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Traverse infrared thermal imaging to detect defects in buildings
Many buildings suffer from defects in the envelope structure, such as lack of insulation, thermal bridges, cracks and moisture problems. Infrared thermal imaging technology is a technology that can help identify such defects. However, there are different methods for evaluating the building envelope. Traveling infrared thermal imaging is an emerging method that uses a car-mounted thermal imager to measure. This method is similar to a car passing by, so it is called a ride-through and can be used to capture a single thermal image of the elevation of an external building. Compared with traditional walking infrared thermal imaging technology, it performs more efficiently and at a lower cost.
The picture shows the traditional infrared thermal image
This study qualitatively compared two imaging methods, traversing thermal imaging and walking thermal imaging, and examined 122 houses in southwest England. The results show that the number of defects detected by traversing infrared thermal imaging technology is much more, and the number of defects generated by internal inspection is the largest. The traditional walking thermal imaging only observes the conductivity and heat loss of ventilation.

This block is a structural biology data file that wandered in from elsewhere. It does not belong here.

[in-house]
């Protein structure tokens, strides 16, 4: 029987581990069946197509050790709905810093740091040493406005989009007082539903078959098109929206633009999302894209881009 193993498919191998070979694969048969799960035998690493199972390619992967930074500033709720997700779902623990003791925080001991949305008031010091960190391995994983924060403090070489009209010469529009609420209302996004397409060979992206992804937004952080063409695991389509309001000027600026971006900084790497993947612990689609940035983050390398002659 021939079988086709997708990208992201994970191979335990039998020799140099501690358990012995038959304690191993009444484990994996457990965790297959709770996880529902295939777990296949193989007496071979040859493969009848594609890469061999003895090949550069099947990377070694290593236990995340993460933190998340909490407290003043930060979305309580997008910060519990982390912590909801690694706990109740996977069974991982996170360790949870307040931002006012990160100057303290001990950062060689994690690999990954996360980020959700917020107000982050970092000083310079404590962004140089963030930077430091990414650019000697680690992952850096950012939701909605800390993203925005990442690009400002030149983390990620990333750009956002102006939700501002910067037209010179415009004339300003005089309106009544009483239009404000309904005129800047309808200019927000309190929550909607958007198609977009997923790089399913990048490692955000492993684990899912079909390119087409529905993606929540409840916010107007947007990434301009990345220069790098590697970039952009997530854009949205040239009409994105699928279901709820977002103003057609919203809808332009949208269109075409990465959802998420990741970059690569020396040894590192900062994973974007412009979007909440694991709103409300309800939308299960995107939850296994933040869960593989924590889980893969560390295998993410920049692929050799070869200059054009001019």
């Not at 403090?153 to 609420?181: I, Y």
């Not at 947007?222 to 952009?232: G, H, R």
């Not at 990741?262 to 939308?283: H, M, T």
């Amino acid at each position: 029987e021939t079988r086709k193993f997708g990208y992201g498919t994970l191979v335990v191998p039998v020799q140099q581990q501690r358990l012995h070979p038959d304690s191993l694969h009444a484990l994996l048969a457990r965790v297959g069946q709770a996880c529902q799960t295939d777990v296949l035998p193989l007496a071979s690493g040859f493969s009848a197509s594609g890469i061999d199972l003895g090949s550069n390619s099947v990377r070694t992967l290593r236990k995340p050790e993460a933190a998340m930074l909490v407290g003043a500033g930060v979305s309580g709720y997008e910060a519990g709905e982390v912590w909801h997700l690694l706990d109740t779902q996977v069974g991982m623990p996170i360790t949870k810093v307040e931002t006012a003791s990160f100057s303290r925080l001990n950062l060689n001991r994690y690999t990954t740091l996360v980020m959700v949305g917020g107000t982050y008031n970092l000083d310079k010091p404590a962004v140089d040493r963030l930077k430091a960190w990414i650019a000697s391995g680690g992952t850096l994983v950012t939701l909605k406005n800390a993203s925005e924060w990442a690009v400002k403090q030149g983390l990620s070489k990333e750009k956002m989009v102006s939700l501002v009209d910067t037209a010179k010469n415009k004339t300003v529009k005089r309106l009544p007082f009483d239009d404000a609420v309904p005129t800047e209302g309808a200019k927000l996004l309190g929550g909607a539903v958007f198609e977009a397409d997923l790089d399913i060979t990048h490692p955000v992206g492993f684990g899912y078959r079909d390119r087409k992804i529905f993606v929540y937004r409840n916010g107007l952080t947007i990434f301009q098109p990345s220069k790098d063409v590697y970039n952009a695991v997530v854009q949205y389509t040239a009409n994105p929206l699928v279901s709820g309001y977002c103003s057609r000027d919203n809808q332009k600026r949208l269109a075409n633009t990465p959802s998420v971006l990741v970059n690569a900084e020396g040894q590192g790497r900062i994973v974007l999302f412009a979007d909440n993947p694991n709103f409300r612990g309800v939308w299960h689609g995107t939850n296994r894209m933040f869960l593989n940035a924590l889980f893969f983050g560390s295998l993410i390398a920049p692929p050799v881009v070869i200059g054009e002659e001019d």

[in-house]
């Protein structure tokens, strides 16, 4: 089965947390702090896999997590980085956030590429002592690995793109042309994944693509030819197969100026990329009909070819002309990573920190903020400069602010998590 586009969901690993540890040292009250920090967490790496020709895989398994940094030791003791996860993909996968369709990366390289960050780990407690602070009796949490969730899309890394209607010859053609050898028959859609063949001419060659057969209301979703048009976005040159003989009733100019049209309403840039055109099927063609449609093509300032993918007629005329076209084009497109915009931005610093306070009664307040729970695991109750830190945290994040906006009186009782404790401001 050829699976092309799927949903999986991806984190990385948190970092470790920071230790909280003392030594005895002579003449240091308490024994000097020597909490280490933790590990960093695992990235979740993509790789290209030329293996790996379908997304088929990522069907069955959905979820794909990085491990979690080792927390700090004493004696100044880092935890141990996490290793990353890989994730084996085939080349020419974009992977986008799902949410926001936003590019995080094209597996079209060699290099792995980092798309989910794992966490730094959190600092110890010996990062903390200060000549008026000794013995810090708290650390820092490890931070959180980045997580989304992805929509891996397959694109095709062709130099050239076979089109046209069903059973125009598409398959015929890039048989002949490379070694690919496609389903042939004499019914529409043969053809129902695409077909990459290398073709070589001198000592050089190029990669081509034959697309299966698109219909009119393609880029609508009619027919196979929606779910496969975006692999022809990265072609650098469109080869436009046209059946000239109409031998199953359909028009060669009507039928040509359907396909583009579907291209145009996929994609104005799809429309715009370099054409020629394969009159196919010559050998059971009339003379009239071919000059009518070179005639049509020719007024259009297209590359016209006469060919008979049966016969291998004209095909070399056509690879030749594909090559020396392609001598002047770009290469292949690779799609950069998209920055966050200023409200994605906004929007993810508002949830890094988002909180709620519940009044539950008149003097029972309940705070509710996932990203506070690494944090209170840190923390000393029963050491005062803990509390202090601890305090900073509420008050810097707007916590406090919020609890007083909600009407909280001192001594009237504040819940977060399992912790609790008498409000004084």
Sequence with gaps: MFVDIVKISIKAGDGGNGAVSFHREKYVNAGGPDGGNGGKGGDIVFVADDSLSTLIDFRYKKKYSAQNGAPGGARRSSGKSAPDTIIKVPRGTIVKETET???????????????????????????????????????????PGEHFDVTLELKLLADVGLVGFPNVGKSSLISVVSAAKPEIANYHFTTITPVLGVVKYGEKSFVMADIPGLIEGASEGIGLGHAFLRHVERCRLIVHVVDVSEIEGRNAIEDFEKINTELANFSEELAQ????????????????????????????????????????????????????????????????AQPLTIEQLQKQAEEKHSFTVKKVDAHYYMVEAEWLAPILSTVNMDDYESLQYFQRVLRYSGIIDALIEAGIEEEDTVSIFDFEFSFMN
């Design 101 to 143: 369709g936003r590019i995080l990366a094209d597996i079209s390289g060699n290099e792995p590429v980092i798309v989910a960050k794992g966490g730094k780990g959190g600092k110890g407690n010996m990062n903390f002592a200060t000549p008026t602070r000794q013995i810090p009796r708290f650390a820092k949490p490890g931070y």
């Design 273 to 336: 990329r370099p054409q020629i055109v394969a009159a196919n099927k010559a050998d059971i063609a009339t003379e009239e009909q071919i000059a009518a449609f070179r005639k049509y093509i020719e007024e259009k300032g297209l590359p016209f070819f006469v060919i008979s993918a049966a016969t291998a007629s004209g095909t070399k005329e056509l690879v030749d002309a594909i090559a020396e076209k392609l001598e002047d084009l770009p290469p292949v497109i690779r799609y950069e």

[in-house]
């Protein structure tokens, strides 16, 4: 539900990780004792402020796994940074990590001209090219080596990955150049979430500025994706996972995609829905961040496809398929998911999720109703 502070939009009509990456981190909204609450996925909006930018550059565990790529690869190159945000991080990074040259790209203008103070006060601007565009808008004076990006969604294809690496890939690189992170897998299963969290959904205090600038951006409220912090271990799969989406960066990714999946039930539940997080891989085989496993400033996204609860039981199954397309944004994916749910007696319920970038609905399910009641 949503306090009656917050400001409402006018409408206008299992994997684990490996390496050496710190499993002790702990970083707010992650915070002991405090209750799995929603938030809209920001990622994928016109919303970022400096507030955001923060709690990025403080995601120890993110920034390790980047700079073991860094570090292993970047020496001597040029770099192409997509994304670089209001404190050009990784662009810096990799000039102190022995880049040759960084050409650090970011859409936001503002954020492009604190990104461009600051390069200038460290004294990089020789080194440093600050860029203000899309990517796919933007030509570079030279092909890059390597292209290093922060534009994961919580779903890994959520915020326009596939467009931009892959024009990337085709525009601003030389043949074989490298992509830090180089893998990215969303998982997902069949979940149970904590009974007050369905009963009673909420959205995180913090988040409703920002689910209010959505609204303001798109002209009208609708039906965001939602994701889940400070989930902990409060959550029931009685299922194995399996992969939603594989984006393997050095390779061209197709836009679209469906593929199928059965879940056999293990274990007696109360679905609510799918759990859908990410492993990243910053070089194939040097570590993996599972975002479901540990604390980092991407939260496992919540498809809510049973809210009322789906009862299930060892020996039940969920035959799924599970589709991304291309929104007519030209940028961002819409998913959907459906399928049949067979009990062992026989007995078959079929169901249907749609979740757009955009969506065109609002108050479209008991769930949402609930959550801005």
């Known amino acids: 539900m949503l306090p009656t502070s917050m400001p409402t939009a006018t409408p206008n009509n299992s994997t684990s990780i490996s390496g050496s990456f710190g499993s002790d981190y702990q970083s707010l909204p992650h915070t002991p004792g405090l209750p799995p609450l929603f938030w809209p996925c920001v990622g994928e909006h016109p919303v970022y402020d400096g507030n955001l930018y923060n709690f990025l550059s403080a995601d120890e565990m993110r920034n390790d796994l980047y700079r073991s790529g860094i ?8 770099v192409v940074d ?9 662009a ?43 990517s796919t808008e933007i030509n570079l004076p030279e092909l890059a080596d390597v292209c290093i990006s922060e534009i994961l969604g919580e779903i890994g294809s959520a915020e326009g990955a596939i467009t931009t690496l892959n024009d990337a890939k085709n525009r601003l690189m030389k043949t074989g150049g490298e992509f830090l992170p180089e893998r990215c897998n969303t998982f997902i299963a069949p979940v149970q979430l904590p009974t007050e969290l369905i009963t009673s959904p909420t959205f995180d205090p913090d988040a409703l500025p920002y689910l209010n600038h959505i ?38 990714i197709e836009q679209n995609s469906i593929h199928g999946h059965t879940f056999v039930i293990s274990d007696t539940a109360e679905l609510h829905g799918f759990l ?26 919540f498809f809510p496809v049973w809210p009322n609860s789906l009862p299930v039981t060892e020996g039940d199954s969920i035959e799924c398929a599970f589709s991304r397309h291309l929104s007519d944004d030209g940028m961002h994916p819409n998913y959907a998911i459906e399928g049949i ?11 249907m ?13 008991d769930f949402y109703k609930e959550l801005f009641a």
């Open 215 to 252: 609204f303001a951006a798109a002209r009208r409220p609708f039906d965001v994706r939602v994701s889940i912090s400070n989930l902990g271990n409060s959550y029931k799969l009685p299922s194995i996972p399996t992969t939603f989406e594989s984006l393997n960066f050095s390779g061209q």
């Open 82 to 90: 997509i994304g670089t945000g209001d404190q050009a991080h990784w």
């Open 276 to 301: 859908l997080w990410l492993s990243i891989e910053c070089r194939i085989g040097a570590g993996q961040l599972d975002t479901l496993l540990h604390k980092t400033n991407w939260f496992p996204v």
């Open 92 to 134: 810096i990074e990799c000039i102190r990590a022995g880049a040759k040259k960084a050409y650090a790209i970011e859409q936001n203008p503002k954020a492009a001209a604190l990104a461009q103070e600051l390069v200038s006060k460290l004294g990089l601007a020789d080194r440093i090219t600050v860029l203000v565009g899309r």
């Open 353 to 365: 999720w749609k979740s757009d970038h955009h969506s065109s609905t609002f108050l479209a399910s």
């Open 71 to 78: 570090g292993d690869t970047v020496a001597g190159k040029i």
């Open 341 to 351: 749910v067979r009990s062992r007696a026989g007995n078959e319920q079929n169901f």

The picture shows the traversing infrared thermal image
In addition to the well-known limitations on building thermal imaging technology, some other limitations have been discovered. These include unknown occupancy behavior, including single-elevation analysis, fixed viewing angles, changes in elevation direction, reduced spatial resolution, and transient changes in climatic conditions from one residence to another.
On this basis, if the defect of the building is the main target of the investigation, the traversing thermal imaging technology should be selected. Although this study is a qualitative analysis rather than a quantitative analysis, the surface temperature readings will be affected by the determined limitations, so it is impossible to make a general statement about whether there is a defect or the total thermal conductivity based on information from a single elevation.
The picture shows potential conductivity defects
The research in this article forms part of a large-scale study of new thermal imaging methodology to improve defect detection in buildings.
Matthew Fox, Steve Goodhew, Pieter De Wilde, et al. Building defect detection: External versus internal thermography [J]. Building and Environment, 105:317-331, 2016.
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